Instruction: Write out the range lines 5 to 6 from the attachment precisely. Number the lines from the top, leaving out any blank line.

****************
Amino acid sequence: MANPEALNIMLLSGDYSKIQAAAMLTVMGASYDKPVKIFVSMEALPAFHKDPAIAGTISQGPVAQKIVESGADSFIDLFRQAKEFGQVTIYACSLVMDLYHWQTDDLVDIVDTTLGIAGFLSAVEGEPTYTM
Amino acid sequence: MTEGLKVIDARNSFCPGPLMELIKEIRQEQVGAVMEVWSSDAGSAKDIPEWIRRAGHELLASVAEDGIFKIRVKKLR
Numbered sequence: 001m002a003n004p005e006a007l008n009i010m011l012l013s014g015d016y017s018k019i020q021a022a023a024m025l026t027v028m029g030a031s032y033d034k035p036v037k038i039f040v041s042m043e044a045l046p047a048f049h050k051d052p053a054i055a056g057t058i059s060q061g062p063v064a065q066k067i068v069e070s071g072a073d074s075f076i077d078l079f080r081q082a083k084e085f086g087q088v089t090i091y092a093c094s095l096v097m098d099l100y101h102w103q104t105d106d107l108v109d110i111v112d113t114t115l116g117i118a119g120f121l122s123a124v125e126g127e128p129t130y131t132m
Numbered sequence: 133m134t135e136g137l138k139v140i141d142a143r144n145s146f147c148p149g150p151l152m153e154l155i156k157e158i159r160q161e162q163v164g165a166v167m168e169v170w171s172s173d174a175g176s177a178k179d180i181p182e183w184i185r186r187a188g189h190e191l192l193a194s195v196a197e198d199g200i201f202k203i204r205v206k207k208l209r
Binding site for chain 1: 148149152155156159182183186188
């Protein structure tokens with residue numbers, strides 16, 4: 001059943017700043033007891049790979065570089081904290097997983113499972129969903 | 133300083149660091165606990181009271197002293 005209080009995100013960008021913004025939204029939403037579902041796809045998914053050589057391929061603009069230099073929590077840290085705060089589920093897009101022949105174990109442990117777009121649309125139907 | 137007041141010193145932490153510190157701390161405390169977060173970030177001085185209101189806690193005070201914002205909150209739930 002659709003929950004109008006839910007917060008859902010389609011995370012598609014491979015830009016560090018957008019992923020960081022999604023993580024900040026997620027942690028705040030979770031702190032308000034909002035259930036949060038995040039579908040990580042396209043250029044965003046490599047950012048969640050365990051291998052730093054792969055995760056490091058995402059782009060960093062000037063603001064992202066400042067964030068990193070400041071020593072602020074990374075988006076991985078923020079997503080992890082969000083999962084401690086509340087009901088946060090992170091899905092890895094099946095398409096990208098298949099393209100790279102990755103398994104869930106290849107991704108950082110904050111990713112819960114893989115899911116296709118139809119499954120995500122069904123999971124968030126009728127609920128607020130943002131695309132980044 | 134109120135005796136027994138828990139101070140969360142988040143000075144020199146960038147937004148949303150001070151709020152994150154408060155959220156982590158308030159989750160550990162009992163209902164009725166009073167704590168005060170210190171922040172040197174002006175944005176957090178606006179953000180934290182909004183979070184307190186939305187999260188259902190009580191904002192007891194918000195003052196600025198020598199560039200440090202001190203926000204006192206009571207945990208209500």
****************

Binding site for chain 1: 148149152155156159182183186188
């Protein structure tokens with residue numbers, strides 16, 4: 001059943017700043033007891049790979065570089081904290097997983113499972129969903 | 133300083149660091165606990181009271197002293 005209080009995100013960008021913004025939204029939403037579902041796809045998914053050589057391929061603009069230099073929590077840290085705060089589920093897009101022949105174990109442990117777009121649309125139907 | 137007041141010193145932490153510190157701390161405390169977060173970030177001085185209101189806690193005070201914002205909150209739930 002659709003929950004109008006839910007917060008859902010389609011995370012598609014491979015830009016560090018957008019992923020960081022999604023993580024900040026997620027942690028705040030979770031702190032308000034909002035259930036949060038995040039579908040990580042396209043250029044965003046490599047950012048969640050365990051291998052730093054792969055995760056490091058995402059782009060960093062000037063603001064992202066400042067964030068990193070400041071020593072602020074990374075988006076991985078923020079997503080992890082969000083999962084401690086509340087009901088946060090992170091899905092890895094099946095398409096990208098298949099393209100790279102990755103398994104869930106290849107991704108950082110904050111990713112819960114893989115899911116296709118139809119499954120995500122069904123999971124968030126009728127609920128607020130943002131695309132980044 | 134109120135005796136027994138828990139101070140969360142988040143000075144020199146960038147937004148949303150001070151709020152994150154408060155959220156982590158308030159989750160550990162009992163209902164009725166009073167704590168005060170210190171922040172040197174002006175944005176957090178606006179953000180934290182909004183979070184307190186939305187999260188259902190009580191904002192007891194918000195003052196600025198020598199560039200440090202001190203926000204006192206009571207945990208209500």